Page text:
Xenophon, Cyropaedia (ed. Walter Miller), Book 1, chapter 5 (search)
n of being the best both in attending to duty and in endurance, in respect toward his elders and in obedience to the officers. In the course of time Astyages died in Media, and Cyaxares, the son of Astyages and brother of Cyrus's mother, succeeded to the Median throne.At that time the king of Assyria had subjugatedAssyria's plans for world conquest all Syria, a very large nation, and had made the king of Arabia his vassal; he already had Hyrcania under his dominion and was closely besetting Bactria. So he thought that if he should break the power of the Medes, he should easily obtain dominion over all the nations round about; for he considered the Medes the strongest of the neighbouring tribes. Accordingly, he sent around to all those under his sway and to Croesus, the king of Lydia, to the king of Cappadocia; to both Phrygias, to Paphlagonia, India, Caria, and Cilicia; and to a certain extent also he misrepresented the Medes and Persians, for he said that they were great, powerful na
Xenophon, Cyropaedia (ed. Walter Miller), Book 4, chapter 5 (search)
” Hereupon they proceeded to the division ofThe spoils are divided the spoil, laughing heartily at his joke about the Persian horsemanship, while he called his captains and ordered them to take the horses and the grooms and the trappings of the horses, and to count them off and divide them by lot so that they should each have an equal share for each company. And again Cyrus ordered proclamation to beCyrus finds squires for his Persians made that if there were any one from Media or Persia or Bactria or Caria or Greece or anywhere else forced into service as a slave in the army of the Assyrians or Syrians or Arabians, he should show himself. And when they heard the herald's proclamation, many came forward gladly. And he selected the finest looking of them and told them that they should be made free, but that they would have to act as carriers of any arms given them to carry; and for their sustenance he himself, he said, would make provision. And so he led them at once to his captains an
Xenophon, Cyropaedia (ed. Walter Miller), Book 5, chapter 1 (search)
o thirsty am I to do you favours.”So he that asked received her. Then Cyrus called to him Araspas, a Mede, who had been his friend from boyhood—the same one toI. iv. 26 whom he had given his Median robe when he laid it off as he was returning from Astyages's court to Persia—and bade him keep for him both the lady and the tent. Now this woman was the wife of Abradatas of Susa; and when the Assyrian camp was taken, her husband happened not to be there, having gone on an embassy to the king of Bactria; for the Assyrian king had sent him thither to negotiate an alliance, because he chanced to be a guest-friend of the Bactrian king. This, then, was the lady that Cyrus placed in the charge of Araspas, until such a time as he himself should take her. And when he received this commission Araspas asked: “AndAraspas describes Panthea have you seen the lady, Cyrus, whom you give into my keeping?” said he.“No, by Zeus,” said Cyrus; “not I.”“But I have,” said the other. “I saw her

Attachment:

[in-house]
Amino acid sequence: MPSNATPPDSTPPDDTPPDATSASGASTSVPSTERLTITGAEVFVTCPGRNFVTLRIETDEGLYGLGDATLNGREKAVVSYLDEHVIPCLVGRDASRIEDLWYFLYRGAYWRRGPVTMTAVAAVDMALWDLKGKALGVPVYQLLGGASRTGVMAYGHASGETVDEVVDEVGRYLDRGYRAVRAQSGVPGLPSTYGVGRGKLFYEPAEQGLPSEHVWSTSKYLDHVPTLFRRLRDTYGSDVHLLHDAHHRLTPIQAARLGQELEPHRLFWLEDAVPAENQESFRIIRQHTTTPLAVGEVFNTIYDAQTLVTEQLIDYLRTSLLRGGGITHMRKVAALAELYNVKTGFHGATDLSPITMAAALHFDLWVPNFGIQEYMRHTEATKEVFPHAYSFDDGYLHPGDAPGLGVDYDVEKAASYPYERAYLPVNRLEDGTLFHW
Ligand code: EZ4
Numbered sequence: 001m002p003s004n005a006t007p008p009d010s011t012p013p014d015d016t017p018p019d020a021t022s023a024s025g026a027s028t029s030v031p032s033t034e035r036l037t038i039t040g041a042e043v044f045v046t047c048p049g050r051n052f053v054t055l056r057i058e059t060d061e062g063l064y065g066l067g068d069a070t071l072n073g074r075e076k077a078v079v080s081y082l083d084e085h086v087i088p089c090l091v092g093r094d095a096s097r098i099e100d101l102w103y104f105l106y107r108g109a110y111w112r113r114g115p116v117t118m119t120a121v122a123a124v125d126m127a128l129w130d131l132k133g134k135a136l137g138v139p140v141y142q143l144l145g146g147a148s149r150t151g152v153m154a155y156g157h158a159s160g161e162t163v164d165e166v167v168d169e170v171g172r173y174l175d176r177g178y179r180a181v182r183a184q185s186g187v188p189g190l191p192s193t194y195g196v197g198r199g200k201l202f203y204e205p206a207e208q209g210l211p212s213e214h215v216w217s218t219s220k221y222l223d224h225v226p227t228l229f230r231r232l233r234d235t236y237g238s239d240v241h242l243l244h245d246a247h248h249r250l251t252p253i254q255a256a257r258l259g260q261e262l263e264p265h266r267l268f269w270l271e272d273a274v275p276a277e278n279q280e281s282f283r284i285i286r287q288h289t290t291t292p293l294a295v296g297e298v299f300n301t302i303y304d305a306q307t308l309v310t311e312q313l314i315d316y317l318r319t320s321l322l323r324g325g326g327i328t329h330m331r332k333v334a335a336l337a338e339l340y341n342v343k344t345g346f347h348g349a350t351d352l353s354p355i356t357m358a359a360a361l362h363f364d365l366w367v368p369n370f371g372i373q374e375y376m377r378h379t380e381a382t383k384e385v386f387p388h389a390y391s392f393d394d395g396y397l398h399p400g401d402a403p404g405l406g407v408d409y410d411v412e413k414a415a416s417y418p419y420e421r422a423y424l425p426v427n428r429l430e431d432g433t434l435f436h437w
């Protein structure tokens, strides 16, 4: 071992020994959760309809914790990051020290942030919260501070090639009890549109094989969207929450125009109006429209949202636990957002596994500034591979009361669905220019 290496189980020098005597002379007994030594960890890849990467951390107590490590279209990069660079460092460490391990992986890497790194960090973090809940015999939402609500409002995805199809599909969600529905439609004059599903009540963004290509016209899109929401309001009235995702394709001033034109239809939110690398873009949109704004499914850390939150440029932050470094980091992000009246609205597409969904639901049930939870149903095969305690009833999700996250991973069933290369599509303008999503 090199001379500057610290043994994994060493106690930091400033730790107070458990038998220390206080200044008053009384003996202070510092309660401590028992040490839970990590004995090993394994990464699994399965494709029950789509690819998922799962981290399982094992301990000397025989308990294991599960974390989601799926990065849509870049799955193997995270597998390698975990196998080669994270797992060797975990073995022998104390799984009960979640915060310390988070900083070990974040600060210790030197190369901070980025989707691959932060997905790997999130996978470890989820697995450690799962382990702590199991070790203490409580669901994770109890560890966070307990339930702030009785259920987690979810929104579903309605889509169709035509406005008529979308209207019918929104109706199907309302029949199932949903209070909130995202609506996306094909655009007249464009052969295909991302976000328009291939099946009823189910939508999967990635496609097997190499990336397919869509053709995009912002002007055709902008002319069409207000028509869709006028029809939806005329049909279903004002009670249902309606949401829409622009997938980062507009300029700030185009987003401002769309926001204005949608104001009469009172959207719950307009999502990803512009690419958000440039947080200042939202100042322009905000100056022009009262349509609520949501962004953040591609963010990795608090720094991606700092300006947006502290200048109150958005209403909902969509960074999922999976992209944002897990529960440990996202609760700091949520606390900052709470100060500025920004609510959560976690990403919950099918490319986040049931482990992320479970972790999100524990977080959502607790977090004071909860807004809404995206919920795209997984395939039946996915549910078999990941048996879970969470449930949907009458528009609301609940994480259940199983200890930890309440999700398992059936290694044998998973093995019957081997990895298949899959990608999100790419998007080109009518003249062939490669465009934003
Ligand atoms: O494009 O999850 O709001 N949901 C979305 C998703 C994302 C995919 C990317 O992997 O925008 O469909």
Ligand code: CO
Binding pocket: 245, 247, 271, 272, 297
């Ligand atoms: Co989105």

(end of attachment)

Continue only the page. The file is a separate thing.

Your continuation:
Polybius, Histories, book 10, Antiochus Crosses the Arius (search)
nto the Hyrcanian Sea, the latter into the Palus Maeotis.Polybius confuses the Tanais (Don) with another Tanais or Iaxartes flowing into the south-east part of the Caspian. Both are large enough to be navigable; and it seems surprising how the Nomads managed to come by land into Hyrcania along with their horses. Two accounts are given of this affair, one of them probable, the other very surprising yet not impossible. The Oxus rises in the Caucasus, and being much augmented by tributaries in Bactria, it rushes through the level plain with a violent and turbid stream. When it reaches the desert it dashes its stream against some precipitous rocks with a force raised to such tremendous proportions by the mass of its waters, and the declivity down which it has descended, that it leaps from the rocks to the plain below leaving an interval of more than a stade between the rock and its falls. It is through this space that they say the Apasiacae went on foot with their horses into Hyrcania,
Polybius, Histories, book 10, Antiochus Engages the Bactrians (search)
Antiochus Engages the Bactrians News being brought that EuthydemusKing of Bactria, see 11, 34. with his force Battle on the river Arius between Antiochus and the Bactrians. was at Tapuria, and that a body of ten thousand horsemen were keeping guard at the passage of the river Arius, he decided to abandon the siege and attack these last. The river was three days' march away. For two days therefore he marched at a moderate speed; but on the third, after dinner, he gave orders for the rest of hishydemus, with a loss of more than half their number. The king's cavalry on the contrary retired, after killing large numbers and taking a great many prisoners, and bivouacked by the side of the river. In this action the king had a horse killed under him, and lost some of his teeth by a blow on the mouth; and his whole bearing obtained him a reputation for bravery of the highest description. After this battle Euthydemus retreated in dismay with his army to the city of Zariaspa in Bactria. . . .